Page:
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10 Danger Signs for Business – Part 2

danger Last time, we discussed 5 of the 10 signs that your business may be heading for trouble. All involved looking at the structure of your top line, your sales. Now we want to move on to the next five signs.



#6 – High employee turnover

When you lose employees, customers are affected – they deal with less experienced people who don’t know your business or the customer’s needs as well as long-time employees.

There’s a concept from Harvard Business School called The Service – Profit Chain. It says that employee satisfaction leads to customer satisfaction. Customer satisfaction leads to revenue growth. And revenue growth leads to profit growth.

So the chain starts with employee satisfaction. High employee turnover is often a sign of unhappy employees. That is why this is such an important early warning sign. Plus the costs of training people so they’re fully productive are significant.

#7 – Costs rising faster than sales

Costs rise for a number of reasons. As your sales rise, so will your costs. If they don’t, why do you need that cost at all? So rising costs are expected. However, it’s a bad sign if costs are rising faster than sales. You have less and less profit on each dollar of sales.

#8 – Disproportionate purchases from one vendor.

Sign #5 was being too dependent on a single customer. We don’t want to be dependent on any vendor either. This applies not just at the enterprise level, but within product categories as well.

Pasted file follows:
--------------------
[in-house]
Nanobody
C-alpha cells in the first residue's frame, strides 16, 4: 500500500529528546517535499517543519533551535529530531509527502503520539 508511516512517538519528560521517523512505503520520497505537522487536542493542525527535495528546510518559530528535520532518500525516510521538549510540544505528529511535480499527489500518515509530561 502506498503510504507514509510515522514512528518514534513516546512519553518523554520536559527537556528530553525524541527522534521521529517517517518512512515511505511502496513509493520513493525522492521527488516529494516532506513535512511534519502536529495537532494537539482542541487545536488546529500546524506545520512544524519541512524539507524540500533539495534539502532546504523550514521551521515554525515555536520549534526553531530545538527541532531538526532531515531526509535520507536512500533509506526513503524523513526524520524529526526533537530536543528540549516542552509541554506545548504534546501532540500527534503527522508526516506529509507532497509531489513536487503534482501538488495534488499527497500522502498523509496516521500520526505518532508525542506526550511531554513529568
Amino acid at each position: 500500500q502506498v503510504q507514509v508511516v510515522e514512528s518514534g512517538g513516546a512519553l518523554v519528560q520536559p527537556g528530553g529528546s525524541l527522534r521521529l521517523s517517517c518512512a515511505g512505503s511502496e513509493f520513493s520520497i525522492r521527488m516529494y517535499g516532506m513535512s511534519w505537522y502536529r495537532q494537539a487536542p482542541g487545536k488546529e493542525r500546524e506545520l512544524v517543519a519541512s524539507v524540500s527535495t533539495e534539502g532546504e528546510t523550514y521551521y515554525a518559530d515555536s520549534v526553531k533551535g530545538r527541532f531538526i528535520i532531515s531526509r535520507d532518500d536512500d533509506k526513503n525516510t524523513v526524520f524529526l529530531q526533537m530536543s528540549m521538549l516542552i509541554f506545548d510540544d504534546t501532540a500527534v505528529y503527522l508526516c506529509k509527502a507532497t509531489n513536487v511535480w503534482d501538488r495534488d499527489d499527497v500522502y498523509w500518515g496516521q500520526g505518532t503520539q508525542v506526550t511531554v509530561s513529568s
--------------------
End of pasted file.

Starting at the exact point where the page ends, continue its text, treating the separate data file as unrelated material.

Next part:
If you’re too dependent on any one vendor in any one category, your vendor may have too much leverage in your business. They can pass on cost increases to you that you may not be able to pass on to your customers.

So it’s important to diversify your vendor base or at least have a back-up plan for needed supplies. Maybe you still use your vendor, but you know who you would go to if need be.

#9 – Unwarranted increase in receivables

It’s great to make sales, but not if you don’t get paid! That’s worse than not making the sale at all because it costs you money to make a sale. Slow paying customers also create problems because you can’t pay your bills with receivables; you need cash!

This is one of the biggest challenges facing small businesses right now. Their customers are paying slower, which means receivables are growing. Make sure you’re the squeaky wheel – you have to keep after them, make some noise, so you stay high on the list. Consider offering a discount for early payment or, even better, change your terms to cash-on-delivery if possible. And best of all, ask for prepayment. But that’s a whole other show!

If you can’t afford to offer a discount, make sure you’re charging a late fee and notifying your customers regularly of their balance due. Get on the phone and call them. See when they will pay and then follow-up if they don’t.

#10 – Unjustifiable inventory build-up

Depending on your business, inventory may be even less liquid than receivables. First, you have to sell it; then you have to collect on the sale.

Inventory that’s not turning over is dead-weight. So if your inventory is building up too fast, your business will likely experience a cash crunch at some point. Get slow moving inventory out the door, even if you have to give it away!

How does that help, you ask? Because space is costly for any business. And shelf space is an incredible asset for retailers. Having a product sitting there as dead weight costs any business a little bit; it costs retailers a lot!


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Thanks so much for reading our post today. Join us next time when we ask, “Do we need to take the social out of social media?” Until then, here’s to your bigg success!


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(Image in today's post by asifthebes)